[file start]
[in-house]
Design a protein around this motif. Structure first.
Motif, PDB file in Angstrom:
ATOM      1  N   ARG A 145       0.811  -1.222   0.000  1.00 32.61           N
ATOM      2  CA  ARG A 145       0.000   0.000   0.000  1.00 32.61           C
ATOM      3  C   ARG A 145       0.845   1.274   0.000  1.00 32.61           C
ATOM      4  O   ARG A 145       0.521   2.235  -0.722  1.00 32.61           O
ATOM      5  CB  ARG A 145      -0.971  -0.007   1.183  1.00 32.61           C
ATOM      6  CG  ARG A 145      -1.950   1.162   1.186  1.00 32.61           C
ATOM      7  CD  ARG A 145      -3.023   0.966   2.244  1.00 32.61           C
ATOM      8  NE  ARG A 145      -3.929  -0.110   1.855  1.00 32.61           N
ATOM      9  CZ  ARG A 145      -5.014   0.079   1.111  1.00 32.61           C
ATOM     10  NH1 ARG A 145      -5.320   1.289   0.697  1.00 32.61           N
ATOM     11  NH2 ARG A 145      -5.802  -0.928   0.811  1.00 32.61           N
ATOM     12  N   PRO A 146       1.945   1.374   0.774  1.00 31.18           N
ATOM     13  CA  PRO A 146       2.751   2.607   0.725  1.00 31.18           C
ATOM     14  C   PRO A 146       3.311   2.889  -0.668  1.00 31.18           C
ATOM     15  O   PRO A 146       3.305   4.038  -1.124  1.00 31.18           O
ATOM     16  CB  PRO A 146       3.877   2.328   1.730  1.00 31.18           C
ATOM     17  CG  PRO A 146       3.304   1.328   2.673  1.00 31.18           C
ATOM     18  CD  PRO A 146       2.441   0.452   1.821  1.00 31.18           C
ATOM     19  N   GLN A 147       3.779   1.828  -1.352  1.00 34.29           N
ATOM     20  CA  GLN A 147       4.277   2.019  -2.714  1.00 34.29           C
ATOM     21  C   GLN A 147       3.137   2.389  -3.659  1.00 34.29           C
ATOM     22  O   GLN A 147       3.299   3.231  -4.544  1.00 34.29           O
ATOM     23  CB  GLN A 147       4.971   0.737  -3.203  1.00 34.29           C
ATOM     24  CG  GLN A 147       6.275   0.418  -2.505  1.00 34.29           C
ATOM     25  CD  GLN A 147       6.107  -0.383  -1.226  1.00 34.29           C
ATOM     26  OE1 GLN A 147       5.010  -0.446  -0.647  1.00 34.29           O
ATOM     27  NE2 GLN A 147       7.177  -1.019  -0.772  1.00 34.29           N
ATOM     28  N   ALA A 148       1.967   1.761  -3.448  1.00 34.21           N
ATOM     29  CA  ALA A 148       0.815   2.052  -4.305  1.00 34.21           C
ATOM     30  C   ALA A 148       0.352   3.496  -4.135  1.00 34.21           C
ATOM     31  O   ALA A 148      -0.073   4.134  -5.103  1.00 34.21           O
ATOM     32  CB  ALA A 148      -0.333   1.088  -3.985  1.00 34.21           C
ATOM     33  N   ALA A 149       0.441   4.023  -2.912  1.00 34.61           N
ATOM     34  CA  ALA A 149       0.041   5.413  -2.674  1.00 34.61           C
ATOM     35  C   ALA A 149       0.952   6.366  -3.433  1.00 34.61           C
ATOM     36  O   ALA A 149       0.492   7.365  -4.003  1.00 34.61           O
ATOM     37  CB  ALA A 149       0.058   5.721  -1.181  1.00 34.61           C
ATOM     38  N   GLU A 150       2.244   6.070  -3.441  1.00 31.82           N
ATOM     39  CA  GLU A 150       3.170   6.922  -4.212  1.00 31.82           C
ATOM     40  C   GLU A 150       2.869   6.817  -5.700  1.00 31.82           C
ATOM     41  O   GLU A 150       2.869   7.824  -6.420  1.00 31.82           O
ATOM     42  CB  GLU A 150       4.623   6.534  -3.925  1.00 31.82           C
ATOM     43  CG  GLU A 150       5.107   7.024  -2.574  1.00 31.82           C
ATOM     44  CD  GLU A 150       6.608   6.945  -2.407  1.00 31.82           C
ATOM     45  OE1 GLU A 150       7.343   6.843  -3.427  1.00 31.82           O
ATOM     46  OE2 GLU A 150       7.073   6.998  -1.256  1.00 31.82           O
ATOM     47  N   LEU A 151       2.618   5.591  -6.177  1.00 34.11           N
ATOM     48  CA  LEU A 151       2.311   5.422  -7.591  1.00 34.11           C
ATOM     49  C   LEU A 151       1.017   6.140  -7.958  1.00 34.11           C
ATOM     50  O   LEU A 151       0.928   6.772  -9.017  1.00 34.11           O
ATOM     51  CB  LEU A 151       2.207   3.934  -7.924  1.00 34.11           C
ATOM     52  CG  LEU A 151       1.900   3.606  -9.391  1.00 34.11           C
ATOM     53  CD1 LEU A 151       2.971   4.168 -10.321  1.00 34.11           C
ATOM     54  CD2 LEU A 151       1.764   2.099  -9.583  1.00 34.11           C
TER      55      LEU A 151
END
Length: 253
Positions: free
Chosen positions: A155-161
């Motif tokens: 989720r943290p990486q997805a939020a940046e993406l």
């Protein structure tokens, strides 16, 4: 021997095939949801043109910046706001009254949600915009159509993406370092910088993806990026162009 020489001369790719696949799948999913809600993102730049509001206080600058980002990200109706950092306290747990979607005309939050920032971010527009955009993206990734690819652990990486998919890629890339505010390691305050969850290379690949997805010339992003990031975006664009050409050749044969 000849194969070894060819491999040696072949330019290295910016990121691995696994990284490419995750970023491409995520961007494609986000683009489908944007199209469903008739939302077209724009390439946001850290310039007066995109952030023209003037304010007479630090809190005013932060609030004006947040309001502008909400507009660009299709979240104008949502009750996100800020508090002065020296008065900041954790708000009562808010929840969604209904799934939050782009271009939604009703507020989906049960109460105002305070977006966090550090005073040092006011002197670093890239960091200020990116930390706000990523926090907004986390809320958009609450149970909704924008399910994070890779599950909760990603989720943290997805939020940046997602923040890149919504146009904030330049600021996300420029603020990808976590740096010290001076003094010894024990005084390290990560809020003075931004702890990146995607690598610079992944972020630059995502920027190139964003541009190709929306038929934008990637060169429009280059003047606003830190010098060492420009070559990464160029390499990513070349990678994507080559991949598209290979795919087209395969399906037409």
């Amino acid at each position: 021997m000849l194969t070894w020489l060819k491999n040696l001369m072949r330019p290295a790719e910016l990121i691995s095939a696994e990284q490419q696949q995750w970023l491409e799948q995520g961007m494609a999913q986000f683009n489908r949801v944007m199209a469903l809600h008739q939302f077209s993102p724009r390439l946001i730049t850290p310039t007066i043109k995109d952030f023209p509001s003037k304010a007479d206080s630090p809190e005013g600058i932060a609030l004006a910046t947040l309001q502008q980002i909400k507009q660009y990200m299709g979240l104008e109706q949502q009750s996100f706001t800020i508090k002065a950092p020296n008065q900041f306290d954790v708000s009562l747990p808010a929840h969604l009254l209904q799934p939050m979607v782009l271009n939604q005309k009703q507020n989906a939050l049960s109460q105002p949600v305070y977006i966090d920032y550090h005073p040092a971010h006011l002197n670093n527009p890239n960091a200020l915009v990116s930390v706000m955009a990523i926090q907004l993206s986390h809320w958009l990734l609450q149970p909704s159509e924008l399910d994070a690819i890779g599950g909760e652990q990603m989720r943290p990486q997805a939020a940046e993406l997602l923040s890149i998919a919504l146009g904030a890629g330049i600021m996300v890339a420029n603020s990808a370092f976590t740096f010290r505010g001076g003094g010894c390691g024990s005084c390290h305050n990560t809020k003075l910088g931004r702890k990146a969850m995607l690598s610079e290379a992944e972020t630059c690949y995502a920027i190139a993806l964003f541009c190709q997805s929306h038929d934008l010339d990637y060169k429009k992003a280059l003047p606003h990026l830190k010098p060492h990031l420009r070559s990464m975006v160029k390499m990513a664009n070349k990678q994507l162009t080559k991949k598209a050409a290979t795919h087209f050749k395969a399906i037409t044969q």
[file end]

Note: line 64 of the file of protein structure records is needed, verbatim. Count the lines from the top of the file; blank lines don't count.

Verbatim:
């Protein structure tokens, strides 16, 4: 021997095939949801043109910046706001009254949600915009159509993406370092910088993806990026162009 020489001369790719696949799948999913809600993102730049509001206080600058980002990200109706950092306290747990979607005309939050920032971010527009955009993206990734690819652990990486998919890629890339505010390691305050969850290379690949997805010339992003990031975006664009050409050749044969 000849194969070894060819491999040696072949330019290295910016990121691995696994990284490419995750970023491409995520961007494609986000683009489908944007199209469903008739939302077209724009390439946001850290310039007066995109952030023209003037304010007479630090809190005013932060609030004006947040309001502008909400507009660009299709979240104008949502009750996100800020508090002065020296008065900041954790708000009562808010929840969604209904799934939050782009271009939604009703507020989906049960109460105002305070977006966090550090005073040092006011002197670093890239960091200020990116930390706000990523926090907004986390809320958009609450149970909704924008399910994070890779599950909760990603989720943290997805939020940046997602923040890149919504146009904030330049600021996300420029603020990808976590740096010290001076003094010894024990005084390290990560809020003075931004702890990146995607690598610079992944972020630059995502920027190139964003541009190709929306038929934008990637060169429009280059003047606003830190010098060492420009070559990464160029390499990513070349990678994507080559991949598209290979795919087209395969399906037409």